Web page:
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Push for energy-efficient growth in China

By 최남현

Published : March 4, 2011 - 18:26

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As the world’s second largest economy, China’s continuous and concrete efforts to raise its energy efficiency are important not only for itself, but for the world.

That China has managed to cut energy consumption per unit of gross domestic product by 19.06 percent between 2006 and 2010 on the 2005 levels is a cause for both optimism and caution.

It is encouraging to see that the Chinese economy has been firing on all cylinders with improved efficiency in its overall use of energy during the past five years.

However, China’s energy-saving progress between 2006 and 2010 does not justify too much complacency among policymakers.

The fact is that China is about one percentage point shy of its own target of cutting energy intensity by 20 percent within five years. It means more challenges are ahead for further progress in energy conservation.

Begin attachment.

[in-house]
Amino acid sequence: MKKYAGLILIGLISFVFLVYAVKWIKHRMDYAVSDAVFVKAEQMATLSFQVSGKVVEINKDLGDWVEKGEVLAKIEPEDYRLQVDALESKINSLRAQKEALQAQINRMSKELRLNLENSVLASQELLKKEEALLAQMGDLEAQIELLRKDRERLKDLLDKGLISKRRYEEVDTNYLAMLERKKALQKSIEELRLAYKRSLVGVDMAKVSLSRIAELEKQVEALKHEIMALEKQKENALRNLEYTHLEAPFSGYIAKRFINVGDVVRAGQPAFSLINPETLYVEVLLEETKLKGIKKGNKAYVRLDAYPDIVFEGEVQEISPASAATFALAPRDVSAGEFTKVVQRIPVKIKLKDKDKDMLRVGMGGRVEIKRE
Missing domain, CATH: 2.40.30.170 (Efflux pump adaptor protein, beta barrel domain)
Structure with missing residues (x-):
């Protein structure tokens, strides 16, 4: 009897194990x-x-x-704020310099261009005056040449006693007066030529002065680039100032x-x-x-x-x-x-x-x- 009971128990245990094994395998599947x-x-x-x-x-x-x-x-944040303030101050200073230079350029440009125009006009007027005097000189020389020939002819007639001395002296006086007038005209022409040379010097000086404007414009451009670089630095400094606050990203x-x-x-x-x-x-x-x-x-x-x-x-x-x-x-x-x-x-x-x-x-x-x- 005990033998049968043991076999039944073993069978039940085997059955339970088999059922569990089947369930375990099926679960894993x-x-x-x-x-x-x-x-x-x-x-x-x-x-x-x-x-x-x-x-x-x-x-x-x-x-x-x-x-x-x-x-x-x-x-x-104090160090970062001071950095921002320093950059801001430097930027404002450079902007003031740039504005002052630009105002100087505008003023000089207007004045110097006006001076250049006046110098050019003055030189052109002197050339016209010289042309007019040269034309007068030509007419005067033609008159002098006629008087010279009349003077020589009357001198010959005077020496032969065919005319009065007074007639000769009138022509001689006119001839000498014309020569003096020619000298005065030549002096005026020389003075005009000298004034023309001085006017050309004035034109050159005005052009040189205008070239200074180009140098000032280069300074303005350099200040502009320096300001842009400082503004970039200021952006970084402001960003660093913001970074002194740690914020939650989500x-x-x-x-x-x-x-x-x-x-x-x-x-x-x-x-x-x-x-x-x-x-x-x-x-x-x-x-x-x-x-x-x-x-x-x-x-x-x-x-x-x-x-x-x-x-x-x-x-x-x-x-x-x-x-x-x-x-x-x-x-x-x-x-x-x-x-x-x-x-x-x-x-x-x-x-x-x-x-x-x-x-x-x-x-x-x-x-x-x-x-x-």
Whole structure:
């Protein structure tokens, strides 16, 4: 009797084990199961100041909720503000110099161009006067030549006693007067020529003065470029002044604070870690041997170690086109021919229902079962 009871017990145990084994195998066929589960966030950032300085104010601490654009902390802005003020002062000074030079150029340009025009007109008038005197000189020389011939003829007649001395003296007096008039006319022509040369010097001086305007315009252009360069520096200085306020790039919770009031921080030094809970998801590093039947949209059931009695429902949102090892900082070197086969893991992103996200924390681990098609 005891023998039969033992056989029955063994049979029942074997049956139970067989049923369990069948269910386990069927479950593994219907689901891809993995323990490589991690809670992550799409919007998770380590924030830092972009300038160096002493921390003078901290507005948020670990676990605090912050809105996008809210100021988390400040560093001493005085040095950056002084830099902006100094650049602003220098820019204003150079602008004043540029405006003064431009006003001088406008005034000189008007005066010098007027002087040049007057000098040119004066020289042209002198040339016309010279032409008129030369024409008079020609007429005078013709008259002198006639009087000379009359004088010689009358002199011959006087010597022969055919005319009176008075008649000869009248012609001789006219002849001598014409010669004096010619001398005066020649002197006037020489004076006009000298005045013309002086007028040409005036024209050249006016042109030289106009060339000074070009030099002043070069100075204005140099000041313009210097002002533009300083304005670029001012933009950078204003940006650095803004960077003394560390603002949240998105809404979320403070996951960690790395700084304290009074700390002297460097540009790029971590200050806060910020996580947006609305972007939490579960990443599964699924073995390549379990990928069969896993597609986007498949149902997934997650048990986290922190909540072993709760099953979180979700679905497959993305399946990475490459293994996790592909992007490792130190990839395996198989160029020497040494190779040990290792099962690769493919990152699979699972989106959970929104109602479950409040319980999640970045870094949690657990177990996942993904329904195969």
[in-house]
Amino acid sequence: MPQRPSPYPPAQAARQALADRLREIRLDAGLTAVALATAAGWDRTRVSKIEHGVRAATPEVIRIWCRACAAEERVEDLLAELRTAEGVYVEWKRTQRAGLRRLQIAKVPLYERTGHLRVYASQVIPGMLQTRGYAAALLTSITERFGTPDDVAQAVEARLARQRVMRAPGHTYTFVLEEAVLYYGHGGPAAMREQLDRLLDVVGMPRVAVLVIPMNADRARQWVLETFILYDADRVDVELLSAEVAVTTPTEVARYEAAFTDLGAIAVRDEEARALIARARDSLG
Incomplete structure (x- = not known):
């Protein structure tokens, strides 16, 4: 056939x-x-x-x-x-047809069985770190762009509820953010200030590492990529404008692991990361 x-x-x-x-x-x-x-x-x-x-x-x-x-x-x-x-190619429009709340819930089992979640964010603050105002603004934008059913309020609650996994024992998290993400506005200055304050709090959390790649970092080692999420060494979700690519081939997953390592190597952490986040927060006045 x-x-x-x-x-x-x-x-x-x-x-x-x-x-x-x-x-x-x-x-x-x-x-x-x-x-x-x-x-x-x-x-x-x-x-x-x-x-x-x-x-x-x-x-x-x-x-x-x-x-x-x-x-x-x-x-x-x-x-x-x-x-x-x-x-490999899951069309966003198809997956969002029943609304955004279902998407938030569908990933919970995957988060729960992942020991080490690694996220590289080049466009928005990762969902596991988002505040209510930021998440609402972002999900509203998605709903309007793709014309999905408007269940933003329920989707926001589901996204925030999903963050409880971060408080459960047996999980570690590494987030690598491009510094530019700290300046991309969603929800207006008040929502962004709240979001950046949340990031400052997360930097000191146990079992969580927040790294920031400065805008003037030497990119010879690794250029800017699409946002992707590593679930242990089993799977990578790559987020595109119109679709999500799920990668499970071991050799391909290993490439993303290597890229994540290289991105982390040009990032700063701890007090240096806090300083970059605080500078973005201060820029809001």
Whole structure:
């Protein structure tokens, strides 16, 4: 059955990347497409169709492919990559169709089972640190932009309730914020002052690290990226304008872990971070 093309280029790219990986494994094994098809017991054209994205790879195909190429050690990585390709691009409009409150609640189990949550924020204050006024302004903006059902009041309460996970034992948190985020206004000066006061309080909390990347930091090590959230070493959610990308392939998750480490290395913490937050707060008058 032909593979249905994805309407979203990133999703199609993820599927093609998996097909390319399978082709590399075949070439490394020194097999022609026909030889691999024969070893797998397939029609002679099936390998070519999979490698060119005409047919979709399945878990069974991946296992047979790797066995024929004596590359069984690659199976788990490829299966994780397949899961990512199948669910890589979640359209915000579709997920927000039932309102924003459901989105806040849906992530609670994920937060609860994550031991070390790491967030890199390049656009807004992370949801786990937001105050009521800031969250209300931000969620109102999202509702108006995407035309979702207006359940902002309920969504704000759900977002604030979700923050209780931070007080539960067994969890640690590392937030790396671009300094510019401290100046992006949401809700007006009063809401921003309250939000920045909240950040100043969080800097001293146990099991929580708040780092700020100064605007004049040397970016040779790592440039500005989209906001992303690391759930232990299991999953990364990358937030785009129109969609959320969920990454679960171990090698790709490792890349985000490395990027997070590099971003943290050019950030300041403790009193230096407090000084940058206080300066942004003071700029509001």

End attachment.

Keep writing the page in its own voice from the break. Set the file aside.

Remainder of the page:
On the one hand, the faster-than-expected expansion of the Chinese economy has underscored the emphasis that many local governments still place on growth over other development concerns, including energy conservation.

If local officials cannot rapidly change their outlook, it is unlikely that the country will overshoot its energy-efficiency goal in pursuit of sustainable growth in the coming years.

On the other hand, the current achievement is largely because the country has picked the low-hanging fruit by shutting down outdated power plants and other energy-guzzling concerns. Chinese policymakers will find it difficult to reap more gains in energy efficiency from further such factory closures.

It was reported that the Chinese government plans to reduce energy intensity by 16 percent during the 12th Five-Year Plan (2011-2015) period.

This new target may not look ambitious to green advocates, who worry that it may offer an easy ride to local governments that have not paid enough attention to slashing their energy intensity.

However, it is a pragmatic one, since further increases in energy efficiency in the next five years will incur higher costs, putting a drag on economic development.

China’s fast urbanization and rising living standards mean the country’s appetite for energy will not peak any time soon. Last year, China consumed 3.25 billion tons of standard coal equivalent, up 5.9 percent from the year before.

In an era that is bidding a fond farewell to cheap oil forever, Chinese policymakers should realize that the country’s next growth story will not be defined by how fast it expands, but by how much energy it saves.

(China Daily, March 3)